The boxes in a top-level class diagram represent the system abstractions that provide the system behavior. The system abstractions include classes and objects. Details of the system classes are provided in a class diagram that is used to show the class categories and to indicate the relationships and responsibilities of the classes. A class is represented by an irregularly shaped, dashed-line icon commonly referred to a cloud. FIG. 2, for example, shows several classes represented as clouds. Each class is identified by a name that is unique to the associated class category and also indicates the relationship of each class to one of the mechanisms illustrated in FIG. 1. Within a class icon, the class name is listed above attribute names, operation names followed by parentheses, and constraints that are enclosed within brackets. FIG. 3 illustrates the class Zoo Administrator in greater detail. FIG. 3 indicates that the Zoo Administrator class includes multiple operations, including ones called “5_minute_timer( )”, “add_animal( )”, and “add_containment_unit( )”. Words in the operation names (and class attribute names) are separated by an underscore for easier reading. An example of a class attribute listing is shown by the attributes called “feed_freq” and “temp_range” in the class Animals illustrated in FIG. 5.
Connecting lines between mechanisms (FIG. 1) and classes (FIG. 2) indicate the nature of the relationships between such respective abstractions. Thus, connections between the boxes in FIG. 1 represent relationships between the various mechanisms. A straight connecting line, for example, represents a simple association relationship indicating shared information. A “using” relationship is a refinement of a simple association whereby one abstraction that is referred to as a server or supplier provides services to another abstraction that is referred to as a client. Such a relationship is indicated by an open circle at one end of a simple association line, the open circle end designating the client that “uses” the associated server.
Another refinement of a simple association between two classes is a type referred to as an inheritance relationship. Inheritance is a relationship among classes in which one class shares the structure and/or behavior associated with one or more other classes. An inheritance association is also referred to as a “is a” relationship. Thus, given two classes A and B, the class A has an inheritance relationship with the class B if A is an example of a B; A is said to be a subclass of B and B is said to be a superclass or parent of A. That is, A “is a” B. An inheritance relationship is denoted with a connecting line that includes an arrowhead at one end to indicate a subclass that derives its characteristics from a parent class at the other end of the line.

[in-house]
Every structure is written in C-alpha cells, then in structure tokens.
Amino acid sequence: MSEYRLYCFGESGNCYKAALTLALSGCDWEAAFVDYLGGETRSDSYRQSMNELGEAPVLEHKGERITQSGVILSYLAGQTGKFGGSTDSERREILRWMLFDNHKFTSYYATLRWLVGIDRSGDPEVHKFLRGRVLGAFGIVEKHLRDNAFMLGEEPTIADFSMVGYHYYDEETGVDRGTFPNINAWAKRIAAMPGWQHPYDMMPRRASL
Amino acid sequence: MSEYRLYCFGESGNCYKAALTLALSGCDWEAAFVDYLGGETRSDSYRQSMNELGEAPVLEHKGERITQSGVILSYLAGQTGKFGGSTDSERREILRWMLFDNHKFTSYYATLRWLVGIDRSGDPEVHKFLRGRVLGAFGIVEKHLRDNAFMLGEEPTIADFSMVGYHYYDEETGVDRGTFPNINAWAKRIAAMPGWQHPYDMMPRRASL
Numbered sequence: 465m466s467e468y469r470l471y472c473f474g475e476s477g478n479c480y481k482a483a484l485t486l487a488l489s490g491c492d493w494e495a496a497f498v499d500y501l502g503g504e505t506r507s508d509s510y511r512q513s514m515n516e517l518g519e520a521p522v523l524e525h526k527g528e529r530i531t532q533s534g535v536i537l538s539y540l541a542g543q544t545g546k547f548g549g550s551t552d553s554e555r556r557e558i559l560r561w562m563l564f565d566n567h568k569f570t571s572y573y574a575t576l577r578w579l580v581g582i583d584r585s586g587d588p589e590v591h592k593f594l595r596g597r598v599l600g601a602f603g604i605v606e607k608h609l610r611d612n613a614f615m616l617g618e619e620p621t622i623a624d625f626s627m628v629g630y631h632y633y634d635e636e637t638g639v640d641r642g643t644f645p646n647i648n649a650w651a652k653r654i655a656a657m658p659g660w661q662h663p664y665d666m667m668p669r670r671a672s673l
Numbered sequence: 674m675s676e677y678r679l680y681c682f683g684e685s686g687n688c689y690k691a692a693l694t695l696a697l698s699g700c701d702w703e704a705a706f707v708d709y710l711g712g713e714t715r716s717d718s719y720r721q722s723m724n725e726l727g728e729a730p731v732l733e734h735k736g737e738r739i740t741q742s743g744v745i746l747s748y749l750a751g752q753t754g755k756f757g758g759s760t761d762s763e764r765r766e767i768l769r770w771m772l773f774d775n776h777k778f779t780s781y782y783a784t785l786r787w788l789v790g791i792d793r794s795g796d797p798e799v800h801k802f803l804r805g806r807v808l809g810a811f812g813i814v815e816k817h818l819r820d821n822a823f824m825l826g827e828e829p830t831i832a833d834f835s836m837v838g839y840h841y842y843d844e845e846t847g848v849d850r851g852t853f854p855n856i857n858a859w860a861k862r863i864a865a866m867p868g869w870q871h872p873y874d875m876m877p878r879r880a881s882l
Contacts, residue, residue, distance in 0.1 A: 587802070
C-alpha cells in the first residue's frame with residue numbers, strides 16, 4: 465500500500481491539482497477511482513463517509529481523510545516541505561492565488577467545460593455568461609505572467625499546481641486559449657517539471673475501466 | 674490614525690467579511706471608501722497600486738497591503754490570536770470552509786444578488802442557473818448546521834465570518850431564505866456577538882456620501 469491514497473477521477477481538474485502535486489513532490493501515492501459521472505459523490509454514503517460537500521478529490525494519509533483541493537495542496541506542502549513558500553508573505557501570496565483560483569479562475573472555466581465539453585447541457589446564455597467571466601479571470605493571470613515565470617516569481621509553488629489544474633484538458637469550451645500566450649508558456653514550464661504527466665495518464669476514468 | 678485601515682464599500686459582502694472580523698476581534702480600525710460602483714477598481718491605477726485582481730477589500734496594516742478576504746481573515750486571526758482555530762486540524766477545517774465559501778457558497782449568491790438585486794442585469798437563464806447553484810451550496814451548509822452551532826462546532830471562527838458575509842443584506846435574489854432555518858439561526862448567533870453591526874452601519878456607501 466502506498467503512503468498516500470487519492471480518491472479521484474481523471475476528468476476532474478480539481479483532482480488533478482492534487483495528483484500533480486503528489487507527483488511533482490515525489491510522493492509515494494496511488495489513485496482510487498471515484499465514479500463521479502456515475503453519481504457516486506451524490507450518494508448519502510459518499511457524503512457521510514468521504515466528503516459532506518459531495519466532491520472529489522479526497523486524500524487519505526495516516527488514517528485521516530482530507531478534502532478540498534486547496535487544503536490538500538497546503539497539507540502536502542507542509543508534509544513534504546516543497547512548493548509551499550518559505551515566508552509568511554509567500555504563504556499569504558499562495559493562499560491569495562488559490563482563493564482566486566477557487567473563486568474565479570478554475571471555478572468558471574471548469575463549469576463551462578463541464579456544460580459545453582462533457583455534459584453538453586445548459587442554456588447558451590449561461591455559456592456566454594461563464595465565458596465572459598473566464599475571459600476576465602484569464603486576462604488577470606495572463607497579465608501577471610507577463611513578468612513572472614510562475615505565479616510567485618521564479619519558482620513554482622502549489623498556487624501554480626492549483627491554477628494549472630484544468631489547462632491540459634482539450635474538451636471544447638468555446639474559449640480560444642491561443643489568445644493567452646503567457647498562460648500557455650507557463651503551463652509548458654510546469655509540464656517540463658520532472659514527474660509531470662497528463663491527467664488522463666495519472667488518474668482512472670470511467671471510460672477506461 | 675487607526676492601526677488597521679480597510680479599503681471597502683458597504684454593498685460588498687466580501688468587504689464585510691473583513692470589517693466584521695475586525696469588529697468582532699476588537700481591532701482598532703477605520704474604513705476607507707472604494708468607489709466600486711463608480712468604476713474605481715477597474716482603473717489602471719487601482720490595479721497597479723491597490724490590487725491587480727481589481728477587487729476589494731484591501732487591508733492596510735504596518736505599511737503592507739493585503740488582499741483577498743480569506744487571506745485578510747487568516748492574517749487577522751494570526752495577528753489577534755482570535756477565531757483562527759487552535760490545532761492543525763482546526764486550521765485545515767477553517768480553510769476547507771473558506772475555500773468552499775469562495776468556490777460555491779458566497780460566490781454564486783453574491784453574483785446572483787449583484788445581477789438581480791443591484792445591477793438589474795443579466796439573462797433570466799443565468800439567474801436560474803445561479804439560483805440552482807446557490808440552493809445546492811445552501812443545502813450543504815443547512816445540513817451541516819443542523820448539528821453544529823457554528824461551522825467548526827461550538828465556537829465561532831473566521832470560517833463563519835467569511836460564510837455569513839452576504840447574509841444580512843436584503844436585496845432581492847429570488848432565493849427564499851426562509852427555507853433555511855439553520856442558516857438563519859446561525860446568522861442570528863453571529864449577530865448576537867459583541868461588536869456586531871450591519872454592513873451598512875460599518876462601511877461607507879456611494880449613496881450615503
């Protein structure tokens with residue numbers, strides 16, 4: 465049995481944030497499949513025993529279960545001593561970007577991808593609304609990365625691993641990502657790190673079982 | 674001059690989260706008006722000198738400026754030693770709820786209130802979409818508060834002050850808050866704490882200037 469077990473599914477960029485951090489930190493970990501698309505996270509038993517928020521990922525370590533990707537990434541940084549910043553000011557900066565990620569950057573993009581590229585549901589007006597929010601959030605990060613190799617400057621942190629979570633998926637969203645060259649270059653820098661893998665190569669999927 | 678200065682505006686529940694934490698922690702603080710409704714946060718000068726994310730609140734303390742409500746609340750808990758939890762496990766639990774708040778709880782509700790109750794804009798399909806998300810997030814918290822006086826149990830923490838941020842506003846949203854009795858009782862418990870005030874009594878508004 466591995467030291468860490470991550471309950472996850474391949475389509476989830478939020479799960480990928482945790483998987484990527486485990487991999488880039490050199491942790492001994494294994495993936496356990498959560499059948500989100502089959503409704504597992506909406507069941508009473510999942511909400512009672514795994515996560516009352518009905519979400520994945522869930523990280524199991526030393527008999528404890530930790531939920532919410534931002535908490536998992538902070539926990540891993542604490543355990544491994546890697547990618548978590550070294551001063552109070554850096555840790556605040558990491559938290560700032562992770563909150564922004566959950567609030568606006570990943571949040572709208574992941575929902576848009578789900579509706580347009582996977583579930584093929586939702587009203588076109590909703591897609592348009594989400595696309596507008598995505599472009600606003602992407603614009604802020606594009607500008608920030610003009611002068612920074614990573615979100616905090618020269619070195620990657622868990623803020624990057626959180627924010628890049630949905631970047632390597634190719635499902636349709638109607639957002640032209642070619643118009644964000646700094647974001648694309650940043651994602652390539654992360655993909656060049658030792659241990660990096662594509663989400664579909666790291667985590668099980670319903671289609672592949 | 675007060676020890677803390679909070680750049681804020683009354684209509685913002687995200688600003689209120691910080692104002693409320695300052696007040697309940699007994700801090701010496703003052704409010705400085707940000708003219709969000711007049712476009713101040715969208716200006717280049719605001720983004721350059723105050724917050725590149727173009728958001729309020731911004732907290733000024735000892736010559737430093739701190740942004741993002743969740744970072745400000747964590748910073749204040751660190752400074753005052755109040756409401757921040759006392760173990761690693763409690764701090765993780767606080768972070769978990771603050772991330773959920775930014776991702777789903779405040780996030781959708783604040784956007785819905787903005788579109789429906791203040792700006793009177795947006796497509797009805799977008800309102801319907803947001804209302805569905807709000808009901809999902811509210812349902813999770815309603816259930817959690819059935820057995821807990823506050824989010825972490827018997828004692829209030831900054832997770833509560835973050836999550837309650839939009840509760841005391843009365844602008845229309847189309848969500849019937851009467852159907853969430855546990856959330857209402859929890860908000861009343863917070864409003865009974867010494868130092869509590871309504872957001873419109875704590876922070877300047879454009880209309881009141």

Another refinement of class relationships is called an aggregation relationship, which denotes an association between a whole and its parts or attribute classes. In notation, an aggregation relationship is indicated between a whole class and an attribute class connected with an association line by a solid circle at the whole class end, with an attribute class at the other end.
An other relationship specified by a class diagram is an instantiation relationship. An instantiation relationship represents an instance of a class such as a particular implementation of a class as supported by a programming language. For example, a class called “animal” can have multiple instantiations comprising lions, tigers, and bears. An instantiation of a class is represented by a dashed association line with an arrowhead pointing from an instance of a class to the general class.
Finally, a class relationship referred to as a metaclass denotes a relationship in which a class itself is treated as an object that can be manipulated. That is, a metaclass is a class whose instances are themselves classes. Some computer languages, such as Small Talk, support the concept of a metaclass. Such relationships are denoted by a shaded line with an arrowhead pointing from an instance of a metaclass to the general metaclass.
Classes can be parameterized, which denotes a family of classes whose structure and behavior are defined independently of its formal class parameters. A parameterized class is represented by a cloud-shaped class icon with a rectangular box placed over a portion of the cloud. The parameter list is named within the rectangular box. An instantiated class includes a parameter box, called an adornment, in contrast to a dashed line box for a general class. The instantiation relationship between a parameterized class and its instantiated class is represented as a dashed line pointing to the parameterized class. Typically, an instantiated class requires a “using” relationship to another concrete class for use as an actual parameter.